The perils of the two-party system show us that when a party becomes so ideologically driven that the actual practice of democracy comes in a distant straggler to the priorities of ideological purity, witch hunting, and private domination of the commons, then the other party really has little ability to swing conditions back on its own.   And the GOP is pretty far gone.

And Mike Lofgren, a veteran Republican congressional staffer, wrote an anguished diatribe last year about why he was ending his career on the Hill after nearly three decades. “The Republican Party is becoming less and less like a traditional political party in a representative democracy and becoming more like an apocalyptic cult, or one of the intensely ideological authoritarian parties of 20th century Europe,” he wrote on the Truthout Web site.

As the blue dog Democrats that came into the House along with the TeaParty wave are now being redistricted out by those very same TeaParty radicals, there is very little that the government itself, much less the Democratic Party, will be able to do if the GOP is not somehow ushered out of power in a very big way.  But who can do that?  Oh, wait a minute!  That’s OUR job!  If there ever were a time when voters needed the drive to show up and actually do what they are supposed to do in order to preserve democracy, 2012 is it.  Underneath all the streamers and balloons, ridiculous rhetoric and searingly boring commentary, these conventions remind me that the pomp and circumstance of theatrical politics will NEVER have the same power as the combined votes of very determined Americans.  And Mann and Ornstein have a final entreaty to the press, which I would echo:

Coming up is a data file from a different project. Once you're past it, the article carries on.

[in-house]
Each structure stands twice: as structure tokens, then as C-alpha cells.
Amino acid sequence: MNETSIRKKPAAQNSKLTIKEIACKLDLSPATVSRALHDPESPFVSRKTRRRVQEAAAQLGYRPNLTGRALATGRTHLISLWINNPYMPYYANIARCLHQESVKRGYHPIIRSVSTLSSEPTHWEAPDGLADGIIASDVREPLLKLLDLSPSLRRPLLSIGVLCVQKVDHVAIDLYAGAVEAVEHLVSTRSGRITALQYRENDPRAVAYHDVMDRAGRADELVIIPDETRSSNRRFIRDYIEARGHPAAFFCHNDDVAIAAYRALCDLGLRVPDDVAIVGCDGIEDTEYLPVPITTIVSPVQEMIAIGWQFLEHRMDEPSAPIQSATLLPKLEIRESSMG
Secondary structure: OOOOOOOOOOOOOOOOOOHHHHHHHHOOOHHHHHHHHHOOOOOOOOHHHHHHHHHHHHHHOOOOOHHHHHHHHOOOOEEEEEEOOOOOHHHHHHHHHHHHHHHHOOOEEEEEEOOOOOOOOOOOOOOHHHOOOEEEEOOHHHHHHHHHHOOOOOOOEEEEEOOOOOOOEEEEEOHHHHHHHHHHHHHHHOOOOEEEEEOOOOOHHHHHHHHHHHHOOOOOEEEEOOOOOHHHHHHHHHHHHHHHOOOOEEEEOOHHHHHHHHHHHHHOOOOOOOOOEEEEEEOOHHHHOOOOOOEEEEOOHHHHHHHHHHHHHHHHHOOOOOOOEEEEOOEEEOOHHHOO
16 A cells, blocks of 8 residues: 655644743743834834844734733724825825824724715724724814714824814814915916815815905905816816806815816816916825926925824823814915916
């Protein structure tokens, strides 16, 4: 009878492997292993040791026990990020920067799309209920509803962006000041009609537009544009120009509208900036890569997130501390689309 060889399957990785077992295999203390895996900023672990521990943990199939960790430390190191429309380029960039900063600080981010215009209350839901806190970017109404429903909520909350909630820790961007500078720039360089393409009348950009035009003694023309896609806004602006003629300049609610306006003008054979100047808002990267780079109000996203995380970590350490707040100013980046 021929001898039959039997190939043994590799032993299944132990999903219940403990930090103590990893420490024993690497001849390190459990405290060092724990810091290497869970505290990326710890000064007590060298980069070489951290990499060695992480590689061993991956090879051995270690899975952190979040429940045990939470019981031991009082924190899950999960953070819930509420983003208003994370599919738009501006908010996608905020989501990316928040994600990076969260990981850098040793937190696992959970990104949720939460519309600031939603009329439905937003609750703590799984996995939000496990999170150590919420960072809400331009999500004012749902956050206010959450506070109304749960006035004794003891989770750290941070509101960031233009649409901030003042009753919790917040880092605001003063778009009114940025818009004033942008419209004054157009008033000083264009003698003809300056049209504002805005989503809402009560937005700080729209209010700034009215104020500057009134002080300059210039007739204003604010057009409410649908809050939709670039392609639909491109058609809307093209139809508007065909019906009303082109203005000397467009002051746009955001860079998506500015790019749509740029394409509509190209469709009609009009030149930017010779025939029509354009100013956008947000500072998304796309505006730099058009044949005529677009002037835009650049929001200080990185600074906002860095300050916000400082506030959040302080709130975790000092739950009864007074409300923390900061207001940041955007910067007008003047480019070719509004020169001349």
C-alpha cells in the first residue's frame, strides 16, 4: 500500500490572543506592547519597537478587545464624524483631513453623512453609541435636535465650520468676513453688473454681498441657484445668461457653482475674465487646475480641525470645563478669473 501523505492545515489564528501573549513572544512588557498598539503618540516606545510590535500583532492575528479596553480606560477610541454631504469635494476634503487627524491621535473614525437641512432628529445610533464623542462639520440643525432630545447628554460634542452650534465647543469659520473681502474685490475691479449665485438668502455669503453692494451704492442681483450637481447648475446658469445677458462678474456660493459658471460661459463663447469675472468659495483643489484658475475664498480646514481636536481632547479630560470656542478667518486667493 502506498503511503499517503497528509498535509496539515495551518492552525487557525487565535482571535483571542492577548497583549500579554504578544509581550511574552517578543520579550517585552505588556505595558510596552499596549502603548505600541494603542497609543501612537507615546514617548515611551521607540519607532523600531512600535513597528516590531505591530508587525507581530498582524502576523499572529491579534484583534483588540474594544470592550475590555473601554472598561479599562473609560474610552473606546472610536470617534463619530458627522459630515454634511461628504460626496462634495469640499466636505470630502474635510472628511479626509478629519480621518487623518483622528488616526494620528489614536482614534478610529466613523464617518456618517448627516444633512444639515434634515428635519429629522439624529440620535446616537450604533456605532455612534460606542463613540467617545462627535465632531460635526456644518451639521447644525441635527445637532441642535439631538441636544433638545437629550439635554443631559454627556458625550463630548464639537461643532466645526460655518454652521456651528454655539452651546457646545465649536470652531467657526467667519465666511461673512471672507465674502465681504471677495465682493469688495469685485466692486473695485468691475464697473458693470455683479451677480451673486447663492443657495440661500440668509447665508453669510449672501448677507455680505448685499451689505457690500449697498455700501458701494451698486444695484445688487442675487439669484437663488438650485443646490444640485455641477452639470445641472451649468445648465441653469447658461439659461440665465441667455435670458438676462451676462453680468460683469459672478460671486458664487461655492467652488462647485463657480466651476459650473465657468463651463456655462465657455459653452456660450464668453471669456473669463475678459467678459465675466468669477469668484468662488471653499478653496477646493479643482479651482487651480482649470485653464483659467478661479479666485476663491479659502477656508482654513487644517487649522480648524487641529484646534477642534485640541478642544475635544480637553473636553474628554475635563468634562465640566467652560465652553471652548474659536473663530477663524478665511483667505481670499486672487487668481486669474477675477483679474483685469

We understand the values of mainstream journalists, including the effort to report both sides of a story. But a balanced treatment of an unbalanced phenomenon distorts reality. If the political dynamics of Washington are unlikely to change anytime soon, at least we should change the way that reality is portrayed to the public.

Our advice to the press: Don’t seek professional safety through the even-handed, unfiltered presentation of opposing views. Which politician is telling the truth? Who is taking hostages, at what risks and to what ends?

I won’t be watching much of the conventions this year.  For the first time in my political geekdom, I am truly cynical about the possibilities for a functioning government that lay ahead.  For me, that cynicism only channels itself into more activism – and a determination to vote in a way that will hopefully alter how the Congress works.  Unfortunately, I am not sure that most Americans even care that much.  And so in the end, it won’t even matter how batshit crazy the GOP gets or how corporate-centered the Dems become, because there won’t be enough citizens out there who care enough to use the power they actually have to change the conditions under which these parties are able to function.